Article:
Today marks an important milestone in my professional career. My second article got published by SitePoint.com. I did indeed say “second”, as the first one was published on August 5th. Normally I should have marked that day as the more important one. But today proved that I can persevere and that I can go further on that path. It proved that the first article was not a fluke or a freak lucky accident. And I intend to continue on this path, so stay tuned for new articles.
Without more delays, I invite you to check my writings. Hopefully there will be something that will help you with your front end coding projects:
Recently I had a discussion with an agency designer over the preferred work process and, more precisely, the use of front end framework such as Bootstrap or Foundation. Personally, I am a huge fan of Bootstrap and I have used it on all my recent projects. My companion, on the other hand, advocated custom solutions, optimized for top performance. In her opinion, a framework only adds unnecessary clutter.
So, who is right?
Actually we both are. And that’s because we work on totally different types of project. She builds media sensations – small, flashy websites that have only a handful of pages. All my recent projects have been in the corporate and web application sector. We’re talking about websites with tens of pages, repetitive components and modules. To make an analogy with the auto industry, she is building hand-made custom sports cars, while I build Volvos and long haul trucks.
Let’s see, then, when it pays to use a framework.
First advantage of a framework like Bootstrap is standardized code. This allows a team of developers to maintain their code as uniform as possible. There is a large community that contributes with solutions and modules, thus you don’t have to reinvent the wheel every single time. A few years ago, when I was working in Spain, we unified a large educational portal around Bootstrap, giving a common base and an unified coding style for all developers in the team.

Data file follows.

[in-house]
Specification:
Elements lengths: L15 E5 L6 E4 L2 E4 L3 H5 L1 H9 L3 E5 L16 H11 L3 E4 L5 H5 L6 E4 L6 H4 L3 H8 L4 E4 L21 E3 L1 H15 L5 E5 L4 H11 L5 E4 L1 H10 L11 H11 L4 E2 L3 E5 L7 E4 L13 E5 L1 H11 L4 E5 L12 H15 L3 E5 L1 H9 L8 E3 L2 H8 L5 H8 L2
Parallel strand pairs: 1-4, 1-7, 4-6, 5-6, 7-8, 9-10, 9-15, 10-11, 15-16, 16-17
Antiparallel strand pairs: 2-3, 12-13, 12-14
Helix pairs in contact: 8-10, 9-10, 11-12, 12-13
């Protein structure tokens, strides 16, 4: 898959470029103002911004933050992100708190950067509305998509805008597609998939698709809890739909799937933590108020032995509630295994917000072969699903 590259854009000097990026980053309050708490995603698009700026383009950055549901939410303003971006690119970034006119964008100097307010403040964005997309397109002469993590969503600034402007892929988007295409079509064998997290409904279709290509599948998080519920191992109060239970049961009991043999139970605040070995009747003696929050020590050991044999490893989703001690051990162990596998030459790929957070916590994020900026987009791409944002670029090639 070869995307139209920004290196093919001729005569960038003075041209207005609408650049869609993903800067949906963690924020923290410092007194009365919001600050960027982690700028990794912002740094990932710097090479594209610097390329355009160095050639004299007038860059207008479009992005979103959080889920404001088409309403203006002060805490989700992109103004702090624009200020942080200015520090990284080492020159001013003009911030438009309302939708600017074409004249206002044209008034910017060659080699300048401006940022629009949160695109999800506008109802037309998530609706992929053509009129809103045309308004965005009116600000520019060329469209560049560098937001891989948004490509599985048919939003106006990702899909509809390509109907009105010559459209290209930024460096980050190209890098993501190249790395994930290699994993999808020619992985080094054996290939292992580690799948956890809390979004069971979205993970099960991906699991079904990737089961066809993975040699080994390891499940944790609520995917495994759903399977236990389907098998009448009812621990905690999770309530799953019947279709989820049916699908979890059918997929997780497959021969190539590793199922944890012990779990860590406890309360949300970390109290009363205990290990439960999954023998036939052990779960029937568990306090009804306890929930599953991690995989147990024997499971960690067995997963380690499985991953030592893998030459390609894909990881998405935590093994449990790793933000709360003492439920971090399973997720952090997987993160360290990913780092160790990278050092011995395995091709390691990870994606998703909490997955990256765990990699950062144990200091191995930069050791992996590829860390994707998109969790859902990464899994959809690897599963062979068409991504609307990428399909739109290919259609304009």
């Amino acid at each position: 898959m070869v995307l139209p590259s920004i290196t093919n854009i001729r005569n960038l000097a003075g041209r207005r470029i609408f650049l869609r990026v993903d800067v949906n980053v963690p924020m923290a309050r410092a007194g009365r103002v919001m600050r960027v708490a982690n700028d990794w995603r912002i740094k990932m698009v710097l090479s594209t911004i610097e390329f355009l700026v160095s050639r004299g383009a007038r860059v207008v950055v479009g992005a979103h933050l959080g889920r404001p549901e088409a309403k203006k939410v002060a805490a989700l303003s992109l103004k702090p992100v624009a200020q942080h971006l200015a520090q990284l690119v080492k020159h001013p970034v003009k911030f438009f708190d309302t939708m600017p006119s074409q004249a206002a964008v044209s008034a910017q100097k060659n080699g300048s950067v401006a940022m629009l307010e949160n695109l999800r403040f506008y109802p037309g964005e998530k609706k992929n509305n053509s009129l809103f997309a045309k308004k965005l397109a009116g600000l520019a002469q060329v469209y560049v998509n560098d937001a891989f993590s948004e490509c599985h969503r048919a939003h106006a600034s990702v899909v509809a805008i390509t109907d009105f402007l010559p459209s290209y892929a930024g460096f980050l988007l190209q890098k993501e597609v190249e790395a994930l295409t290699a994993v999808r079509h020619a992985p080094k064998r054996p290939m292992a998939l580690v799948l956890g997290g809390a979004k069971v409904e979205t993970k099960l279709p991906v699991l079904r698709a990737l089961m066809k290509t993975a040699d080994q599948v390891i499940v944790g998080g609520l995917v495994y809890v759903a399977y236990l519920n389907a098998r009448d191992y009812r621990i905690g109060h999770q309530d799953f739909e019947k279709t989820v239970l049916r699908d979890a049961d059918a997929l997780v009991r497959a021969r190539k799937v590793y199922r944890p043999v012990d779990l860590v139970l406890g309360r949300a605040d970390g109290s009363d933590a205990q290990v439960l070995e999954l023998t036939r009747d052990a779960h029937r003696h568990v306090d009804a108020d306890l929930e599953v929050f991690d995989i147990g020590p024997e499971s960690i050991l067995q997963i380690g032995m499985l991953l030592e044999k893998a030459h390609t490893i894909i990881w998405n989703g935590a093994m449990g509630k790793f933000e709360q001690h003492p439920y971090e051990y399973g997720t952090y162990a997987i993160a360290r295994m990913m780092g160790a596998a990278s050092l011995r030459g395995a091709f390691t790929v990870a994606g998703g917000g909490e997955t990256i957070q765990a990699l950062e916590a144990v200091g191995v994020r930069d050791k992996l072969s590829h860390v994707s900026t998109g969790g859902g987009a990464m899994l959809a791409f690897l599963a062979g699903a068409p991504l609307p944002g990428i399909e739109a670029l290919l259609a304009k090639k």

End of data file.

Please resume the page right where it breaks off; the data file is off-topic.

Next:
Second, a wide spread use of such frameworks, loaded from code distribution CDNs, means the base code could be already cached in your browser, speeding up the loading times for all other websites that use the same framework. Even smaller corporate sites can be very well built upon a standard framework. Especially if they are part of a network who uses the same framework. This is the case of the latest large project I worked on: a start-up with an entire “ecosystem” of websites: corporate, web application, developer portal, and back-end admin application. Sharing the framework code from the same CDN, once an user has loaded one site of the system, it will load the other ones faster.
Third, we return to the type of websites. Large ones, with many complex pages, are the best candidates for using a framework. Blogs are another one. Portals. Knowledge bases. The list can go on and on. It’s trucks and Volvos vs McLaren F1s.
Note to self: When you write your blog post, always save draft before uploading media. You won’t risk loosing the entire text, thus being forced to write it again. Or better, write it somewhere else and just copy/paste it to WordPress
We return to our scheduled program.
I’m trying to keep true to my new year plans (my resolution remains the same – 1920×1200) and got my online presence refreshed and updated. Thus I present to you the online residential complex of Adrian Sandu: